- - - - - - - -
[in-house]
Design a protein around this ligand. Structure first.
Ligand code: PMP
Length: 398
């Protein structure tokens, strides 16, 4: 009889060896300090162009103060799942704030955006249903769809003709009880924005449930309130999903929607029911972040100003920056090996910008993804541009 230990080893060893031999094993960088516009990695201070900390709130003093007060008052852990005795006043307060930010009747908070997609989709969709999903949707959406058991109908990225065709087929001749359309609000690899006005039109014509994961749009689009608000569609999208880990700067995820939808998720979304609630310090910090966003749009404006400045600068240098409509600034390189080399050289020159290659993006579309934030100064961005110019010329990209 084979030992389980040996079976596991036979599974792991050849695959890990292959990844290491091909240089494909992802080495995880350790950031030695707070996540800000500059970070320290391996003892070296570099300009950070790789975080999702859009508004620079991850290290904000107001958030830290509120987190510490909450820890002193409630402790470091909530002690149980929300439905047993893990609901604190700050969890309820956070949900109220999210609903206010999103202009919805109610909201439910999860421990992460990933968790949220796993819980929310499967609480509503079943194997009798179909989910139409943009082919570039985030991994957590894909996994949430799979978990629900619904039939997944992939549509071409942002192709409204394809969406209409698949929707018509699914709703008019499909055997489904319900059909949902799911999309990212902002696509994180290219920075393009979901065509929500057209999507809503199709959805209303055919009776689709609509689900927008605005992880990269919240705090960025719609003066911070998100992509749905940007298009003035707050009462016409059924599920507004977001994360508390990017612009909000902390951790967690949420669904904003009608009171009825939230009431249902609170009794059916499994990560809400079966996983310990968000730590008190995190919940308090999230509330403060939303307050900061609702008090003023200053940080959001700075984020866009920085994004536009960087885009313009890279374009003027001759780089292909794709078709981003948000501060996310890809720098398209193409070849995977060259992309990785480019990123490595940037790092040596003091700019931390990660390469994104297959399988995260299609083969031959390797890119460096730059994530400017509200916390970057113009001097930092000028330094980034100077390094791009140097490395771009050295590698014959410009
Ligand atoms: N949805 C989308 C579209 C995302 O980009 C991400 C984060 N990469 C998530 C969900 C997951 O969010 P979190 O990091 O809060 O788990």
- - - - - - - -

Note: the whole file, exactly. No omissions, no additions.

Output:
[in-house]
Design a protein around this ligand. Structure first.
Ligand code: PMP
Length: 398
């Protein structure tokens, strides 16, 4: 009889060896300090162009103060799942704030955006249903769809003709009880924005449930309130999903929607029911972040100003920056090996910008993804541009 230990080893060893031999094993960088516009990695201070900390709130003093007060008052852990005795006043307060930010009747908070997609989709969709999903949707959406058991109908990225065709087929001749359309609000690899006005039109014509994961749009689009608000569609999208880990700067995820939808998720979304609630310090910090966003749009404006400045600068240098409509600034390189080399050289020159290659993006579309934030100064961005110019010329990209 084979030992389980040996079976596991036979599974792991050849695959890990292959990844290491091909240089494909992802080495995880350790950031030695707070996540800000500059970070320290391996003892070296570099300009950070790789975080999702859009508004620079991850290290904000107001958030830290509120987190510490909450820890002193409630402790470091909530002690149980929300439905047993893990609901604190700050969890309820956070949900109220999210609903206010999103202009919805109610909201439910999860421990992460990933968790949220796993819980929310499967609480509503079943194997009798179909989910139409943009082919570039985030991994957590894909996994949430799979978990629900619904039939997944992939549509071409942002192709409204394809969406209409698949929707018509699914709703008019499909055997489904319900059909949902799911999309990212902002696509994180290219920075393009979901065509929500057209999507809503199709959805209303055919009776689709609509689900927008605005992880990269919240705090960025719609003066911070998100992509749905940007298009003035707050009462016409059924599920507004977001994360508390990017612009909000902390951790967690949420669904904003009608009171009825939230009431249902609170009794059916499994990560809400079966996983310990968000730590008190995190919940308090999230509330403060939303307050900061609702008090003023200053940080959001700075984020866009920085994004536009960087885009313009890279374009003027001759780089292909794709078709981003948000501060996310890809720098398209193409070849995977060259992309990785480019990123490595940037790092040596003091700019931390990660390469994104297959399988995260299609083969031959390797890119460096730059994530400017509200916390970057113009001097930092000028330094980034100077390094791009140097490395771009050295590698014959410009
Ligand atoms: N949805 C989308 C579209 C995302 O980009 C991400 C984060 N990469 C998530 C969900 C997951 O969010 P979190 O990091 O809060 O788990």